Join Dr. Maddie Feldman as she gains exclusive insights from rheumatologist Dr. Jerry Pounds, who attended a lecture given by lupus guru Dr. Michelle Petri at this year’s Congress of Clinical Rheumatology’s Annual Meeting in Destin, Florida.
What Are the Latest Advances in Lupus Care?
You’re listening to Conference Coverage on ReachMD, captured on location at the Congress of Clinical Rheumatology’s Annual Meeting in Destin, Florida. Your host is Dr. Madelaine Feldman, Clinical Associate Professor of Medicine at Tulane University Medical School and Vice President of the Coalition of State Rheumatology Organizations.
This is Dr. Madelaine Feldman. I’m coming to you from Congress of Clinical Rheumatology. I’m here with Dr. Jerry Pounds, who has just left Dr. Michelle Petri’s lecture on Advances and Challenges in Nonrenal Lupus.
Dr. Pounds, what were some of the highlights for you in Dr. Petri’s lecture?
Yes, I think first off, this was very exciting for me, because I’ve obviously known of Dr. Petri for a number of years and think of her as the guru in lupus and have never actually heard one of her lectures live, so I was very thrilled to get to be there and to hear her pearls. And one of the first things she mentioned was the effects of prednisone and how it is an independent risk factor for cardiovascular events in the way of increasing factor VIII, which is also seen in COPD patients, so she made a good point in terms of the P of prednisone stands for poison and try and limit that below 6 mg a day.
Did Dr. Petri specifically talk about any dosing or what type of vitamin D should be used?
Yes, so I think she defaults to giving 50,000 units of vitamin D3 once a week. If a patient is overweight, she would suggest increasing that to twice a week. She did also mention that it does not matter whether or not that is D2 or D3.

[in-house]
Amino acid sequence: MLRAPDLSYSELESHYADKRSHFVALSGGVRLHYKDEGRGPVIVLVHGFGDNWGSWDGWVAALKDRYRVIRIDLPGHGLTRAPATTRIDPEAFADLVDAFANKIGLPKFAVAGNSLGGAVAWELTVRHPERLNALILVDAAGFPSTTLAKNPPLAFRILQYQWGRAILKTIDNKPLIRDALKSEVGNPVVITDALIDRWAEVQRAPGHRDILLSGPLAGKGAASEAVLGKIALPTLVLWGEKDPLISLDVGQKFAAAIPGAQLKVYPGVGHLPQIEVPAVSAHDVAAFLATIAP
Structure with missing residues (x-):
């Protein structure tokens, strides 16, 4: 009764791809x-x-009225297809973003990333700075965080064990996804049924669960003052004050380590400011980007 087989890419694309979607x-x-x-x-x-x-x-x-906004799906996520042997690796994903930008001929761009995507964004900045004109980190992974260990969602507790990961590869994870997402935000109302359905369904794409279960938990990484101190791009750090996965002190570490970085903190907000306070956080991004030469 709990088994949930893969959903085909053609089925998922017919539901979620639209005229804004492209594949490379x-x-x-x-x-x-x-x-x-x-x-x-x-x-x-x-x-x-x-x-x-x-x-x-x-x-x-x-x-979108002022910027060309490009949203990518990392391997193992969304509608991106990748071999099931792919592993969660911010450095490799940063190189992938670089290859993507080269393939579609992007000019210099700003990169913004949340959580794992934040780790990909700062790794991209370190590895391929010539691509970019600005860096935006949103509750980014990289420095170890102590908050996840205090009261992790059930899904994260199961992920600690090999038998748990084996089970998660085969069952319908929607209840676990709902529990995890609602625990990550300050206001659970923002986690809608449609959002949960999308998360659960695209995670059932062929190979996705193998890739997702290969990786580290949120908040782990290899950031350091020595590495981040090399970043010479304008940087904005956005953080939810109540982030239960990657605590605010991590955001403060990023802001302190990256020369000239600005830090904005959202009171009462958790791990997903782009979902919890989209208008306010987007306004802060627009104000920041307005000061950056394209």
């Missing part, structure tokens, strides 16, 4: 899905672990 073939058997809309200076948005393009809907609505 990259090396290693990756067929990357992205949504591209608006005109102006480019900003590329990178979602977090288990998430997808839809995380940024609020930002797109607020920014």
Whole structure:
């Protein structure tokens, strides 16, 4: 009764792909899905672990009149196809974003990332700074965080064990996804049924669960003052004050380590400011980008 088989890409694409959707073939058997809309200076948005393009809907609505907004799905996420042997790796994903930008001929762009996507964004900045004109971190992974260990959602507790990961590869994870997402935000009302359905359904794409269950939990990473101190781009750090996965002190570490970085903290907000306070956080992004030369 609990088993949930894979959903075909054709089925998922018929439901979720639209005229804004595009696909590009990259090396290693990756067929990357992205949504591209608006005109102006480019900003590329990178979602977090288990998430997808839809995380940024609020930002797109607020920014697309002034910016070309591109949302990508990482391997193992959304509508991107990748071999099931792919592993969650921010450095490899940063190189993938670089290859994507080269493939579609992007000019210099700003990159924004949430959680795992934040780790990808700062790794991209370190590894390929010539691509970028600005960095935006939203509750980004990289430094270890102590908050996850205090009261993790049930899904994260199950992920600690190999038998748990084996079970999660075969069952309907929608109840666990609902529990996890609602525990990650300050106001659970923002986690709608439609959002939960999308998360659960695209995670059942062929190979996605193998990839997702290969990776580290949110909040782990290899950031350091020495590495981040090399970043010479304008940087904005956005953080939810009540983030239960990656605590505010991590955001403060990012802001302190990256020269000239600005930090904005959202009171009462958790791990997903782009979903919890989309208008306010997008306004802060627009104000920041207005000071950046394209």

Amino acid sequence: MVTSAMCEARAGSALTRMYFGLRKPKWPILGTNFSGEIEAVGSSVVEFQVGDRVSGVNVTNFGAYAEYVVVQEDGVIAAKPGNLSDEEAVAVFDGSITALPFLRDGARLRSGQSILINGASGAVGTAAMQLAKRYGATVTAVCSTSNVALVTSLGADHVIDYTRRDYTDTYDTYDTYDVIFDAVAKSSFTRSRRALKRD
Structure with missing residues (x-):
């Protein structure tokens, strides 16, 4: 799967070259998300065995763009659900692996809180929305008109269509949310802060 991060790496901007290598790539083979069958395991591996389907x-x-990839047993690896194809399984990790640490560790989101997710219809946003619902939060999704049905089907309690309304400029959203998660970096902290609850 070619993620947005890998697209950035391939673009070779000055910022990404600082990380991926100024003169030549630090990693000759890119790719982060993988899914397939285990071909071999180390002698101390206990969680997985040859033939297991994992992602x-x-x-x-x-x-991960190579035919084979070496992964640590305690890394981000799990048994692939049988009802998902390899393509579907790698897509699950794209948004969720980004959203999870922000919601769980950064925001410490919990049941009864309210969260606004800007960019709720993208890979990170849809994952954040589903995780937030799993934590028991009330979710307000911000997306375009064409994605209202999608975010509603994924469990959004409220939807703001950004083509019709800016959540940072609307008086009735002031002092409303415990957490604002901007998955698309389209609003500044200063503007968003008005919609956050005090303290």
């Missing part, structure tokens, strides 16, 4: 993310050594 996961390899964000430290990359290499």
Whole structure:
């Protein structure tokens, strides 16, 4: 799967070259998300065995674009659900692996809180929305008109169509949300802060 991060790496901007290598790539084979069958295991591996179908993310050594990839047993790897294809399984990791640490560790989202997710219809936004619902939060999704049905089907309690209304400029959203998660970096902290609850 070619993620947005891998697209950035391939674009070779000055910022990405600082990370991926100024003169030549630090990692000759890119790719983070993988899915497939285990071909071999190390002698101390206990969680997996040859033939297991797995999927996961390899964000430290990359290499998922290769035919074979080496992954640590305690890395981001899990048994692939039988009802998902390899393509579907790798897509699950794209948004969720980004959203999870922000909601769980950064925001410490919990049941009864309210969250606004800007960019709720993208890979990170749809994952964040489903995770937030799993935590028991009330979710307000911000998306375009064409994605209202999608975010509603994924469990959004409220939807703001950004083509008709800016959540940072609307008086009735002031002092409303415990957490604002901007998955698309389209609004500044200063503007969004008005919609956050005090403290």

Dr. Petri does state that hydroxychloroquine is essential for lupus patients, but there are some issues at times. Did she address those?
Yes, I think we’ve all had those patients who started on hydroxychloroquine and then had intolerance from a GI perspective. One thing that she mentioned was that the brand name of hydroxychloroquine is coded and that the generic is not coded, so there is an issue with swallowing the generic and it starting to dissolve on its way into the GI tract. One suggestion that she had, one pearl that I thought was great, was actually to coat the pill with butter, which makes it less likely to dissolve in transit, and then to obviously take it with food to improve tolerance. Sometimes we still have to lower the dose, she said, so she certainly is okay with having a lower dose, which some is better than none.
Are there any substitutes for hydroxychloroquine?
Absolutely. So we can switch it to chloroquine, which does increase the risk for retinopathy, so be aware of that, and then also quinacrine, if you can find it, is also okay, but just to be aware and caution patients that they may turn bright orange in the sun.
Thank you, Dr. Pounds. Those were some great pearls from Dr. Michelle Petri.
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